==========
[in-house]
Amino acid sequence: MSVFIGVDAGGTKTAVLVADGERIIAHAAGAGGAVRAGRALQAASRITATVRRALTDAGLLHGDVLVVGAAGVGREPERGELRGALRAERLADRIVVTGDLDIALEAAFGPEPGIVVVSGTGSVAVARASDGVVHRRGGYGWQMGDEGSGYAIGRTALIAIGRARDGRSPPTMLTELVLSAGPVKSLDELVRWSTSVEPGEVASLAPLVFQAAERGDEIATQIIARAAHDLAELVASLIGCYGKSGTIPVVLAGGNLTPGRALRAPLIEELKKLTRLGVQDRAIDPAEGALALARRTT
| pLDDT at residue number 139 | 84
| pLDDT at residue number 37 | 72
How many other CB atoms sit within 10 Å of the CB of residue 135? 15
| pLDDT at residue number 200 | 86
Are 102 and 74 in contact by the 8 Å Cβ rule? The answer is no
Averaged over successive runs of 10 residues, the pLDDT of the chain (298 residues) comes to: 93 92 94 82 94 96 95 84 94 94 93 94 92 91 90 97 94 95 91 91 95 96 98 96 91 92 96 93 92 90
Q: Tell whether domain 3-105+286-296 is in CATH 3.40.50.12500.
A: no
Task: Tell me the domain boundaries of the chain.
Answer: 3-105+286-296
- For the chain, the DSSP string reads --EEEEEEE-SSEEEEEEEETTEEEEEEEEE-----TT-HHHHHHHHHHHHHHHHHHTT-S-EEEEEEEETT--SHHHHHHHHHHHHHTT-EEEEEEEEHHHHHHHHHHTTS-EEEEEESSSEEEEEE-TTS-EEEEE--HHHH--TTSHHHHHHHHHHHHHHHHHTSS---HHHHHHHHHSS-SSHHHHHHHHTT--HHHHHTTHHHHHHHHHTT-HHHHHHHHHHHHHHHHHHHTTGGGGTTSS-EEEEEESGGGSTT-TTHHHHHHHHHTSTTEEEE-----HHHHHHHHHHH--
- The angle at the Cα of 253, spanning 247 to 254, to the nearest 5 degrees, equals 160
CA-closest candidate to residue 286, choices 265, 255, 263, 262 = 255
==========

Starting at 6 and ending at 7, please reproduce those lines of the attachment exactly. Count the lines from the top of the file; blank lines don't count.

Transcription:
| pLDDT at residue number 200 | 86
Are 102 and 74 in contact by the 8 Å Cβ rule? The answer is no